Of course if b-schools get there first while math/stats/cs departments dither, . . .
Li Tan
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Li Tan,
User Rank: Ninja
11/19/2013 | 10:46:44 PM
Re: But Do Teach Communication and Business Skills
@Beth, in my opinion, in addition to Stats 101 course, the marketing students should take at least some other courseware about how to use the big data analytics tools. They don't need to know a lot of technical details but at least they should be aware of the power of big data and how to do basic analytics. The real-life case study would be helpful to build the sense of using big data in their future daily work.
BethSchultz
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BethSchultz,
User Rank: Apprentice
11/19/2013 | 11:32:38 AM
Re: But Do Teach Communication and Business Skills
@Li, do you think it's enought to require marketing students, say, to take Stats 101 and call it a day. Or should marketing students today be exposed to additional analytics-related coursework as well?
Li Tan
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Li Tan,
User Rank: Ninja
11/17/2013 | 10:44:27 PM
Re: But Do Teach Communication and Business Skills
I cannot agree more on both of you. In modern days, we cannot survive long and go further without having composite set of knowledge. Furthermore, data is essential to almost all scienctific disciplines. The marketing students do not need to grasp the details of MapReduce, but they need to have the sense of what data really means - it's not just about digits and structured tables but in most of the cases, it's about unstructured data - information from twitter, blog, etc.
jpriestley301
IW Pick
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jpriestley301,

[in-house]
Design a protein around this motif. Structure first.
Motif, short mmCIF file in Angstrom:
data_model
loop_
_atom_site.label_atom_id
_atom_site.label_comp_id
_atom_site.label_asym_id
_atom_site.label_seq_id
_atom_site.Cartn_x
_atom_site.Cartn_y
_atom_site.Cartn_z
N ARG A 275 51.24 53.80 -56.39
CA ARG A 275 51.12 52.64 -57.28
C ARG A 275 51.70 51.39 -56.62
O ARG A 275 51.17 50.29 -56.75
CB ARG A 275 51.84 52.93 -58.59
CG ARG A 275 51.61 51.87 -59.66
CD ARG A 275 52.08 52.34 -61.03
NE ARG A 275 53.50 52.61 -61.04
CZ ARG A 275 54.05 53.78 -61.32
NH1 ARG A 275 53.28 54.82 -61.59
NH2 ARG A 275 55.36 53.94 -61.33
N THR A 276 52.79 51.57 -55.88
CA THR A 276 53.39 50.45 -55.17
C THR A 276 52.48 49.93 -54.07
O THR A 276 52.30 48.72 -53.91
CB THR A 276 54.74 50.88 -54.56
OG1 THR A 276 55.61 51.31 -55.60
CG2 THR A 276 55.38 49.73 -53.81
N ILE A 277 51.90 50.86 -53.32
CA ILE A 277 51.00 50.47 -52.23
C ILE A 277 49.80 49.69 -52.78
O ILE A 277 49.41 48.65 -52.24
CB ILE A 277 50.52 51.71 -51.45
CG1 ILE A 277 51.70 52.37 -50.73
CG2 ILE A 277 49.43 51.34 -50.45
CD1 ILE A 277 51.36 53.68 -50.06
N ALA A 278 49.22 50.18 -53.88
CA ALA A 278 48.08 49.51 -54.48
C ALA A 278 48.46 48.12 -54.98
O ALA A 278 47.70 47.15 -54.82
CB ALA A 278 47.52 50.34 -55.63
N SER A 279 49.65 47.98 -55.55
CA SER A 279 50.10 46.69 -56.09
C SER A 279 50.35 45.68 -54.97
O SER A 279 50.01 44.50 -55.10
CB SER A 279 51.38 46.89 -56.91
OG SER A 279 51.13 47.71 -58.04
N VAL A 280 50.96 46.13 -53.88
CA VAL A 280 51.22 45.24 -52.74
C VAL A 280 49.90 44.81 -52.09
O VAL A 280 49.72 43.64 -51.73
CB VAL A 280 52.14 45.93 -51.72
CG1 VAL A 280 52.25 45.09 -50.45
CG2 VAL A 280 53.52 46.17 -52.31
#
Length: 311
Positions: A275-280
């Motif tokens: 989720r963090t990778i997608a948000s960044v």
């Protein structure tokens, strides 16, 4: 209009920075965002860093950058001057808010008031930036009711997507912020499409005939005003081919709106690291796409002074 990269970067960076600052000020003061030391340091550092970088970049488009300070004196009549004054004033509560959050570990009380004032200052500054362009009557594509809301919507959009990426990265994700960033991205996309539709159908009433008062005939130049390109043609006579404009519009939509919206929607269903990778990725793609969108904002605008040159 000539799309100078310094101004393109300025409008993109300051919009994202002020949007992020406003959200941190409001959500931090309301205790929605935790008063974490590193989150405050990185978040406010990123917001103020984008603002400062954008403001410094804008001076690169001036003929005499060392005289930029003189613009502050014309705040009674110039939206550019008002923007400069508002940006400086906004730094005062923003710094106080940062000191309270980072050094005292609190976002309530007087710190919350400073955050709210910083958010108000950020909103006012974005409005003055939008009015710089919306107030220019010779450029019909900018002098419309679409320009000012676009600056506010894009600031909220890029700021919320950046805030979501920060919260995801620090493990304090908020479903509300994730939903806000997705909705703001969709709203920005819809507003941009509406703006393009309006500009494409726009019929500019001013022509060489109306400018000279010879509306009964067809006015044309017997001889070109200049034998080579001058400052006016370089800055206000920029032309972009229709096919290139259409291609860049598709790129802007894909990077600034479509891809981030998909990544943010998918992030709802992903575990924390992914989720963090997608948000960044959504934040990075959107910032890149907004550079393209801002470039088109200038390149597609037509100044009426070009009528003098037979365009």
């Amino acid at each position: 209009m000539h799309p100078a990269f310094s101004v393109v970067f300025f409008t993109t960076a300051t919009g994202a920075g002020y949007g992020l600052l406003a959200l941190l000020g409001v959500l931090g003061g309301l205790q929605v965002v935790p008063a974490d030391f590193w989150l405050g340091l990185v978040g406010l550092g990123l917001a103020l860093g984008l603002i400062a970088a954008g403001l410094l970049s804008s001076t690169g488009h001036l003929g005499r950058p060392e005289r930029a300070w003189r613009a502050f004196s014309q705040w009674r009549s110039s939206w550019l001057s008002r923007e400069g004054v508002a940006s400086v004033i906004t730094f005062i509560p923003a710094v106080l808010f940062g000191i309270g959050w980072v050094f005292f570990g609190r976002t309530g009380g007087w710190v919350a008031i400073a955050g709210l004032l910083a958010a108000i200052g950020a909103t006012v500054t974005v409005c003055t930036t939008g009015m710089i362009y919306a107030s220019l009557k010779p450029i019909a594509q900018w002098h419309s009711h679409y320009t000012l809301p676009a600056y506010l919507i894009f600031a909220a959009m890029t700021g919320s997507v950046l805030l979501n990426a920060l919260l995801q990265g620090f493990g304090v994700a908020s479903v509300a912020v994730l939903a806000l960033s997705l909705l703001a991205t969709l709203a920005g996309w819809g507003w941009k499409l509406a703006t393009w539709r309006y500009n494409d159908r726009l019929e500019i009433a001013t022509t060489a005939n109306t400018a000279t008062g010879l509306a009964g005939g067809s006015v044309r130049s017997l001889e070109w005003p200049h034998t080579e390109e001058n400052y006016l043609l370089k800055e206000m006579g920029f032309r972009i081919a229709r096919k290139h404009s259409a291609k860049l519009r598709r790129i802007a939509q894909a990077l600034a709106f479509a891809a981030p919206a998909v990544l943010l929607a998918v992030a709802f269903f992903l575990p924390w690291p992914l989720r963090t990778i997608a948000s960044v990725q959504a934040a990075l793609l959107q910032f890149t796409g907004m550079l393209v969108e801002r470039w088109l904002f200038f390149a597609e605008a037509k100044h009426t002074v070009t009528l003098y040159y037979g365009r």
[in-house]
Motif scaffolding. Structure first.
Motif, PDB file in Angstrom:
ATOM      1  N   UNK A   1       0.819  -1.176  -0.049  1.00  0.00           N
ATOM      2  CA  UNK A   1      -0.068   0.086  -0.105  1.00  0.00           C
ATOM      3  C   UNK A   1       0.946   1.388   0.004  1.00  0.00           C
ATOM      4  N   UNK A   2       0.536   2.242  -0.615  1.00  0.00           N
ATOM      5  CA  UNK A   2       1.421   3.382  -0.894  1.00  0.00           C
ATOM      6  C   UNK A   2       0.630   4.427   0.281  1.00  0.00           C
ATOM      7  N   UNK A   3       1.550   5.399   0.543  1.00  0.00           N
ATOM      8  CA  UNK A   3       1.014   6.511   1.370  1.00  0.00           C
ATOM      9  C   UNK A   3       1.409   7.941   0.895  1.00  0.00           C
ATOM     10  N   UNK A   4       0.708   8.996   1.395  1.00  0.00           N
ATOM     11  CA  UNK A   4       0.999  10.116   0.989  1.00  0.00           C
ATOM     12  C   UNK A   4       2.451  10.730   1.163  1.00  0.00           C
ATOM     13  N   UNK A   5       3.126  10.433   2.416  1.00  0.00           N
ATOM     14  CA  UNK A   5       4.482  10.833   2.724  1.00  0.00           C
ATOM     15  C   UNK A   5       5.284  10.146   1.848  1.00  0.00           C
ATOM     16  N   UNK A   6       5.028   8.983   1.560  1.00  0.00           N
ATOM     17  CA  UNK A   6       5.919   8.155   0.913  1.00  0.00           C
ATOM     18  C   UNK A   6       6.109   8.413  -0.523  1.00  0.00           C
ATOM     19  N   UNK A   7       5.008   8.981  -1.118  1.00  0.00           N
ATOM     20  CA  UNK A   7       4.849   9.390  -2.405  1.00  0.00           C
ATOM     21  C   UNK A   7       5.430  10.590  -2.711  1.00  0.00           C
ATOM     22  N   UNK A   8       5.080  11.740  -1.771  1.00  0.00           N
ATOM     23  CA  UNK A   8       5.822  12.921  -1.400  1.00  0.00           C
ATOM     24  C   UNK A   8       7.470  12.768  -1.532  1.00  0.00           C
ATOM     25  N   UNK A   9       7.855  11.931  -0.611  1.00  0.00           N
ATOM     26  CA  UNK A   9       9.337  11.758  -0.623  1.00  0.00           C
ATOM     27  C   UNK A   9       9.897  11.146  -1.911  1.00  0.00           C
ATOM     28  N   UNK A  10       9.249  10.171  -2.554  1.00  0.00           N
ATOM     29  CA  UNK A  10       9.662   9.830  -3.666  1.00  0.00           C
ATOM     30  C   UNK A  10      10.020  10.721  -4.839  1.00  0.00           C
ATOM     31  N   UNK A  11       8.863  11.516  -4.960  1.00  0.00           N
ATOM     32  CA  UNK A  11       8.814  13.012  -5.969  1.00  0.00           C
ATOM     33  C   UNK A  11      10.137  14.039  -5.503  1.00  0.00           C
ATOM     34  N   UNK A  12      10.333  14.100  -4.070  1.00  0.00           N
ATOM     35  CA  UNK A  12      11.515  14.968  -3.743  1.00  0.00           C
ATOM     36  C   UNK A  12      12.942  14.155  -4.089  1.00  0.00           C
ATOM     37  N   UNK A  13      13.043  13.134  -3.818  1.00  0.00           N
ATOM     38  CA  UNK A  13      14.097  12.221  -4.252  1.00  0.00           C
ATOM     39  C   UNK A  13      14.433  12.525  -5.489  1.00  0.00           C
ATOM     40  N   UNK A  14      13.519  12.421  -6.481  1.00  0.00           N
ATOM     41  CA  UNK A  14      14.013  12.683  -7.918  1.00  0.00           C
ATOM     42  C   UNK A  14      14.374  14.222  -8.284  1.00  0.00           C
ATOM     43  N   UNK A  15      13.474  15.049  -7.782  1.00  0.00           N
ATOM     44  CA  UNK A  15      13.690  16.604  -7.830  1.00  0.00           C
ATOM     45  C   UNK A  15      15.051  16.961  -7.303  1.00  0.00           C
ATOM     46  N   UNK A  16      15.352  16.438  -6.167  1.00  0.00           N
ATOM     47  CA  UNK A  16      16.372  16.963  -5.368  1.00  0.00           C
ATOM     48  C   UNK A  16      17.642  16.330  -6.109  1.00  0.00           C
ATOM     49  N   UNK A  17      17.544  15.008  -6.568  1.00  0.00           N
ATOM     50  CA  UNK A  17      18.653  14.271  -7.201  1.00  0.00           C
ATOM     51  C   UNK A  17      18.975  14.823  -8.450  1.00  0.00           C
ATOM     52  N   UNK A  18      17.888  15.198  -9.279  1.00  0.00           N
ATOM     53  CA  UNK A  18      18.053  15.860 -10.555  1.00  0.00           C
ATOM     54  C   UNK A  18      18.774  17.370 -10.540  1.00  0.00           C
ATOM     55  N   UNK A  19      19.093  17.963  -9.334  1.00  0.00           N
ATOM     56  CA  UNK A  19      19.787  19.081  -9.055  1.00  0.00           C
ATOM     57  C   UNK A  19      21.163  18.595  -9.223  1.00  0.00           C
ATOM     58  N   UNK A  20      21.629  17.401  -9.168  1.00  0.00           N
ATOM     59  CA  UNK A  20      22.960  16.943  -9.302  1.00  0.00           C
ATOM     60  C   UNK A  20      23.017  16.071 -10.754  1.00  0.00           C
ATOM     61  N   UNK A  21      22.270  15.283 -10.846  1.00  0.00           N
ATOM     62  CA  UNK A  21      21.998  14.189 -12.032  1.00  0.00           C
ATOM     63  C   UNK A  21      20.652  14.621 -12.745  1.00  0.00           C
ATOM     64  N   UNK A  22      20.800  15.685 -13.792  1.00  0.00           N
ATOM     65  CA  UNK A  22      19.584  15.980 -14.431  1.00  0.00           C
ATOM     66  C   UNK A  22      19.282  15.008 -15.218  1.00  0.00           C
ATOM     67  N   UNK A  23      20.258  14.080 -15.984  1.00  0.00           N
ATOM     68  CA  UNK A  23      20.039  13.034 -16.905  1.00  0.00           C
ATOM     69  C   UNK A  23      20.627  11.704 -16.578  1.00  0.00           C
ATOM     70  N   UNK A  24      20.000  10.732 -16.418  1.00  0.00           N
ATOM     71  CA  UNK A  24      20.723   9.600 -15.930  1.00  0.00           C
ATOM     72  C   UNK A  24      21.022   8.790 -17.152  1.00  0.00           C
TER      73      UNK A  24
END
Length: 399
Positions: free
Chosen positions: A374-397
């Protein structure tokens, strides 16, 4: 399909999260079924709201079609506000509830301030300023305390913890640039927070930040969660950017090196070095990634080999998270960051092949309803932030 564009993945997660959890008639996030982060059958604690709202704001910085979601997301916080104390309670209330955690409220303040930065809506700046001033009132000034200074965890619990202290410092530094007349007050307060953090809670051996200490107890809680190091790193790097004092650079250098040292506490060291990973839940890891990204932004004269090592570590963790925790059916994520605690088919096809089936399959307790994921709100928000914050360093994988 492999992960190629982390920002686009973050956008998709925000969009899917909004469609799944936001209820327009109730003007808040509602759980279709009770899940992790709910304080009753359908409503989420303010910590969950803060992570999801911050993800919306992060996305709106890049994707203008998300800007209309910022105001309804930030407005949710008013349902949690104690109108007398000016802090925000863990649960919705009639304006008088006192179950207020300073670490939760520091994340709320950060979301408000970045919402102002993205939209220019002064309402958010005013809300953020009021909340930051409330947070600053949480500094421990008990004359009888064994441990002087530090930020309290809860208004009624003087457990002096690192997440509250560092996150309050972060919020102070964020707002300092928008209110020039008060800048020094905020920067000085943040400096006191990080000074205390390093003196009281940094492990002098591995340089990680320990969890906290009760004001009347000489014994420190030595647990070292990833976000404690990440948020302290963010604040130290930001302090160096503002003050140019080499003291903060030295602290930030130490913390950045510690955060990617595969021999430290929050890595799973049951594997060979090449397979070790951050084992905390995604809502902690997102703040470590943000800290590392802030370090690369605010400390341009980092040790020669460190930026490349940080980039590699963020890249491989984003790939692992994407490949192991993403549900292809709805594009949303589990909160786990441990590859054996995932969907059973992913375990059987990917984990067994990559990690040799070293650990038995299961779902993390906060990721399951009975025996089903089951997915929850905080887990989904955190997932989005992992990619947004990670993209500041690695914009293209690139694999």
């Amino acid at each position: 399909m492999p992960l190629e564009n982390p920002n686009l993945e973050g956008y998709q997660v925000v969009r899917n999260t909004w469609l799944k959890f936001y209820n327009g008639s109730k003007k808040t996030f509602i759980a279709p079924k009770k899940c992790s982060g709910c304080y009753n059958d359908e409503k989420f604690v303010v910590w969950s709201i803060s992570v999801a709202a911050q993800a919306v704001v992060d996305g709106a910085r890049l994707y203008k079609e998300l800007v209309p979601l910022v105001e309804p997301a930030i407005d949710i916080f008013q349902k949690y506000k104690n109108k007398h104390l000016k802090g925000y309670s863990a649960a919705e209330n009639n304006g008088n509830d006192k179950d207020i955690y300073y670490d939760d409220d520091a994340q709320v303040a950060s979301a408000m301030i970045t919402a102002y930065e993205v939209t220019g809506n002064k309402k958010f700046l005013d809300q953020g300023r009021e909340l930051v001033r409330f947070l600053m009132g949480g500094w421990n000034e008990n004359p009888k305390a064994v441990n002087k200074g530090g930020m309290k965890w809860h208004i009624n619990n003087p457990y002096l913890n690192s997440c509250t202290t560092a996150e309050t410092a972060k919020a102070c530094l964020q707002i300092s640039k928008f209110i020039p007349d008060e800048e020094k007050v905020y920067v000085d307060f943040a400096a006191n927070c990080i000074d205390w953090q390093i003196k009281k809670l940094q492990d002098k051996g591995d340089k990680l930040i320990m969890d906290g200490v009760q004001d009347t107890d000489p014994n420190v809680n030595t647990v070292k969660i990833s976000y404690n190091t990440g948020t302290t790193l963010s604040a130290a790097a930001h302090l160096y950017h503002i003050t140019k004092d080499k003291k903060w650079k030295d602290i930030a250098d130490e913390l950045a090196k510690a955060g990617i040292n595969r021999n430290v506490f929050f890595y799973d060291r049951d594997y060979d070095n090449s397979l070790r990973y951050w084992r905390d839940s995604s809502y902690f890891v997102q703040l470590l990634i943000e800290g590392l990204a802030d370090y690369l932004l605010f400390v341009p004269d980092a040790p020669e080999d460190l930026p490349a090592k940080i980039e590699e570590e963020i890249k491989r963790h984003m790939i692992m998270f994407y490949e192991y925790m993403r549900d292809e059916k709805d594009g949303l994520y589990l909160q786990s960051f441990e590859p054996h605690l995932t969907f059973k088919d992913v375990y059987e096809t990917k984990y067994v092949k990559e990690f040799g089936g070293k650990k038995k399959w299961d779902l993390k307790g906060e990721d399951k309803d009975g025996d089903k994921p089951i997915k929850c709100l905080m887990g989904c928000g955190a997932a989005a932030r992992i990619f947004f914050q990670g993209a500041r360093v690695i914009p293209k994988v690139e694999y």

User Rank: Apprentice
11/17/2013 | 6:45:12 PM
Re: But Do Teach Communication and Business Skills
Brian - I hear your concern about the degree taking "12 years".  My point was that students who are interested in sociology, psychology, finance, or theater - should all have to take a basic data science course.  This does not mean that a European History major needs to take multiple courses in Hadoop and Python...but rather they should be expected to be as "data fluent" as an engineering major is expected to be "literate" and learn how to write well.  Then, of course, for the students who want to actually pursue a career in Data Science - they take the deeper curriculum in Map Reduce, Programming, Text mining...and then have an area of application - like a minor course of study.  In the end, my position is that data science skills should no longer be an exotic area of campus for the "nerd herd" but rather main-streamed into all General Education Curricula.
Brian.Dean
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Brian.Dean,
User Rank: Ninja
11/17/2013 | 2:25:53 PM
Re: But Do Teach Communication and Business Skills
Yes I agree to all of the blog's points and your point as there should be a mix of finance etc, programming and communication. But my concern is that students are going to have to spend a very long time in college to do all of this, maybe 12 years or so. And maybe if everything is compressed into 4 years then the resulting degree is going to be like an IT degree relative to a CS degree.
Laurianne
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Laurianne,
User Rank: Author
11/17/2013 | 1:45:53 PM
Business School Isn't For Everyone...
Not everyone wants to go, or can, go to business school. I agree it would be a shame to silo that expertise in the business school. See a related column with a supporting POV: Want Big Data Success? Hire A Biologist.